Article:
Activase (Alteplase) or tPA and Stroke FAQs
What is tPA?
It is a thrombotic drug recommended as the standard of care in ischemic stroke. It works by breaking up the clot in the brain, thereby restoring blood flow and minimizing damage to surrounding tissue.
When can tPA be used?
When treating ischemic stroke, the sooner tPA is initiated the better, but it can be utilized as far as 4.5 hours from a person’s “last known normal”
What is “last known normal”
This is the time that someone can identify as seeing a patient in their normal state and baseline mentation. This is not when the symptoms begin. It is important to know this information as medication administration is based on the length of time a stroke has been progressing.
How does tPA work?
Activase is an enzyme that is produced by recombinant DNA. When it is administered it binds to the fibrin protein threads of a thrombus converting enmeshed plasminogen to plasmin (fibrinolysis). This essentially means that a clot is dissolved and blood flow is restored.
What is the risk of using tPA?
The risk of using this medication is that a person bleeds. That bleeding may happen anywhere, but the biggest risk is that the stroke that started as a clot converts to a bleed. This only happens in about 6% of cases, but is something that should be considered when deciding if you or a loved one wants to receive tPA.
Why should I use tPA?
Activase is the only FDA approved medication indicated for the treatment of acute stroke. It has been approved for the treatment of ischemic stroke since 1996, and is currently the standard of care for these patients. Generally, when a patient starts experiencing the symptoms of a stroke, it is because brain cells are beginning to die, the longer the brain goes without blood flow and oxygen the more brain cells die. tPA can break up the clot obstructing this blood flow and stop further cell death. In the below picture the red “core” is the cells that have already died once a person begins experiencing stroke symptoms. The surrounding green area called the “penumbra” is the area that will be affected if tPA is not given, but can be salvaged if blood flow is restored.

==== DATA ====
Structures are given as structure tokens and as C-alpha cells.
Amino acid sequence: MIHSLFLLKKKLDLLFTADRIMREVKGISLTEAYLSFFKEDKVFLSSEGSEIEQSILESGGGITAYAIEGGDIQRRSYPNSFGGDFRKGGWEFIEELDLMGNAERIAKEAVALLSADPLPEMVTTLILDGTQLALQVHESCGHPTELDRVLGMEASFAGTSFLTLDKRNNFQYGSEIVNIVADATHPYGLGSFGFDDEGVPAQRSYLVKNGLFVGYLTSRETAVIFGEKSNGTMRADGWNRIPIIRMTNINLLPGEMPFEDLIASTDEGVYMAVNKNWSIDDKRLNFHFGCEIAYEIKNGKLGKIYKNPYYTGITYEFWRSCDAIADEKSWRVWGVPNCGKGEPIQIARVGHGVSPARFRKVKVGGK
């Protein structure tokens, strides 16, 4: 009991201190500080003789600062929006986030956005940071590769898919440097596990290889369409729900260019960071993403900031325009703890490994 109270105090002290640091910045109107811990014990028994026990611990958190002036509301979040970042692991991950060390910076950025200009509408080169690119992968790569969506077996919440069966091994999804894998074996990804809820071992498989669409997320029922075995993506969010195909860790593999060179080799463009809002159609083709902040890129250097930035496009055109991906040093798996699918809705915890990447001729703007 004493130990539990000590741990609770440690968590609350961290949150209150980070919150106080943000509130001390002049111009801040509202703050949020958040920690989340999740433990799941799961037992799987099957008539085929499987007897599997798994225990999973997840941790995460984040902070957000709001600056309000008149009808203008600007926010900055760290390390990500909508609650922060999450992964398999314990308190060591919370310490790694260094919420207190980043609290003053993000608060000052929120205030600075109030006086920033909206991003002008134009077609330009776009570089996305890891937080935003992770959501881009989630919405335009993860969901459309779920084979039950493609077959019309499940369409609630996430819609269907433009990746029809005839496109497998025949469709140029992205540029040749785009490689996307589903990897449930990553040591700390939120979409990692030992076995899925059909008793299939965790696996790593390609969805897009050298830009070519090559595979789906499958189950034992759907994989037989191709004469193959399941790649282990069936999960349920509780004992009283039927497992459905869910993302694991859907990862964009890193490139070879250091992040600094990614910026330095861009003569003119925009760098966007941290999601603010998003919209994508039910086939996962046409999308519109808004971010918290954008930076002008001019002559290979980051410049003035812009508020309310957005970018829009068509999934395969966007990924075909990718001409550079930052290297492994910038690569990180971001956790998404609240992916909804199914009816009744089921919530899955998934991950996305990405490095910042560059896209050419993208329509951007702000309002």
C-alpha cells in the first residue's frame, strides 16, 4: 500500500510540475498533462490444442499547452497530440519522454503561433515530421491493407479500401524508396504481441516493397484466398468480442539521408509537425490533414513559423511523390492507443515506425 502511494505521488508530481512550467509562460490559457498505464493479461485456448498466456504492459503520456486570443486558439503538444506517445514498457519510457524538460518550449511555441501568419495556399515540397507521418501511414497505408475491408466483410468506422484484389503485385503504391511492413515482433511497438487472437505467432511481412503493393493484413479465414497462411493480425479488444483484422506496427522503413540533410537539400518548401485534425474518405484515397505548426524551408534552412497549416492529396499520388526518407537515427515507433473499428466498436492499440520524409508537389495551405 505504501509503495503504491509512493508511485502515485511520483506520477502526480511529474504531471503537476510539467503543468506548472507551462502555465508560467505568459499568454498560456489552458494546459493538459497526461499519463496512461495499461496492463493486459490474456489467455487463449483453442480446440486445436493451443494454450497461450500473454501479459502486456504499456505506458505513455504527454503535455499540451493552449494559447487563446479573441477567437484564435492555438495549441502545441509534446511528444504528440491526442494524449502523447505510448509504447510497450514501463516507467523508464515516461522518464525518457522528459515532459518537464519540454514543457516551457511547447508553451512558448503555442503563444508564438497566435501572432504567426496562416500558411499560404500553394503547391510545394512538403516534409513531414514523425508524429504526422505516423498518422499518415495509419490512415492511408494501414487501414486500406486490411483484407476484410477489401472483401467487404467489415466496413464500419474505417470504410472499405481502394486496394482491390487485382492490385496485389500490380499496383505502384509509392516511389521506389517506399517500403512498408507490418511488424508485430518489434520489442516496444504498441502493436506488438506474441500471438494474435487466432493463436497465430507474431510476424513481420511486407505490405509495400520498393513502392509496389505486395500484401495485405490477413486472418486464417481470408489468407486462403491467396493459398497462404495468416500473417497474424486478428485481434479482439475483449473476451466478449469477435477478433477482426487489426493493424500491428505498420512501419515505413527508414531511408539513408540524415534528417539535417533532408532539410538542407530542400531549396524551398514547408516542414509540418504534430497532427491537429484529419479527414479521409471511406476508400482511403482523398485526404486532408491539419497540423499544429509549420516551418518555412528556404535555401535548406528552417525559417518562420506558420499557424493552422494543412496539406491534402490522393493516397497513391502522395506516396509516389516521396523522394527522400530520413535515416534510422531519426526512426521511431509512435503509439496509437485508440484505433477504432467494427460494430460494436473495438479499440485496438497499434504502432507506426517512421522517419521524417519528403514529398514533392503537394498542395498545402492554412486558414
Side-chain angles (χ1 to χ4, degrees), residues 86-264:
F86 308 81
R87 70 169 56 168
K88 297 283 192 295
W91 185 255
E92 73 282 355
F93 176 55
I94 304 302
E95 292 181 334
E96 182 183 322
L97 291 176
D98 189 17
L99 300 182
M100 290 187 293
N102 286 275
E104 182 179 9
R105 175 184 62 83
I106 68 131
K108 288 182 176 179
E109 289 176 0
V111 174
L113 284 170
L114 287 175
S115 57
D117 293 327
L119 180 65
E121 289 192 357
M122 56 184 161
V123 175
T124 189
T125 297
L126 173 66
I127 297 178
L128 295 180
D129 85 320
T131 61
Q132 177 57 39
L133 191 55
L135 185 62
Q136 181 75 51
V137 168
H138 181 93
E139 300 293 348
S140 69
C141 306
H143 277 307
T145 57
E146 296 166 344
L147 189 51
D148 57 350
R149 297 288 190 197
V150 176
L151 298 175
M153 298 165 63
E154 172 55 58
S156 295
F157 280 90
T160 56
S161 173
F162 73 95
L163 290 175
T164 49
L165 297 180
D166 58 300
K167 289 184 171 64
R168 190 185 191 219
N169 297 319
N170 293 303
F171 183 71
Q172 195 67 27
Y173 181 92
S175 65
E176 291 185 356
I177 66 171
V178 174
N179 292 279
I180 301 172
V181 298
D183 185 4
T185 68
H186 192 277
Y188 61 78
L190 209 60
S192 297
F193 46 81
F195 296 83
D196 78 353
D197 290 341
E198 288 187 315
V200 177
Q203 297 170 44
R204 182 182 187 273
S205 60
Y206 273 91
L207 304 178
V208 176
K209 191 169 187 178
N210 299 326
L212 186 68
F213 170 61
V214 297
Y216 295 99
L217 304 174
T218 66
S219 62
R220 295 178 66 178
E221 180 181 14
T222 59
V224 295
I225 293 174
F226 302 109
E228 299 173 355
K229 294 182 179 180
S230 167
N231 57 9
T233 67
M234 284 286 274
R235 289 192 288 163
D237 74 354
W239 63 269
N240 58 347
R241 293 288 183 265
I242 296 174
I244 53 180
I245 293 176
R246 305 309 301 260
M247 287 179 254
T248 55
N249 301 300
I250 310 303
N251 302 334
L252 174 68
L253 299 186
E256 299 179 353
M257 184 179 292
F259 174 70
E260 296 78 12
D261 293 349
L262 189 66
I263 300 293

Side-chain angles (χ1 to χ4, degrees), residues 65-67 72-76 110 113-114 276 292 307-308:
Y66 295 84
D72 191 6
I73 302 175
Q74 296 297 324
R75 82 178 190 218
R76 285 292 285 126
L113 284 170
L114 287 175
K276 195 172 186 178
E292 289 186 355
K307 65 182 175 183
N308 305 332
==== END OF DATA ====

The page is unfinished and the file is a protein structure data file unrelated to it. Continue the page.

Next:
Why is it important to come to the hospital immediately upon symptoms?
Time is brain, 2 million brain cells die every minute during a stroke. tPA can only be given within 4.5 hours of last known normal. If a person waits to receive treatment, their options are limited and they are often left with more disability.
Should I drive or take an ambulance to the emergency room?
Always call 911 and take an ambulance. Even if you think you could get here faster on your own, ambulances can call a “stroke alert” to the accepting emergency room ahead of time, so by the time you arrive all necessary personnel are awaiting your arrival. They can also preform many preliminary testing while en route, speeding up your time to treatment.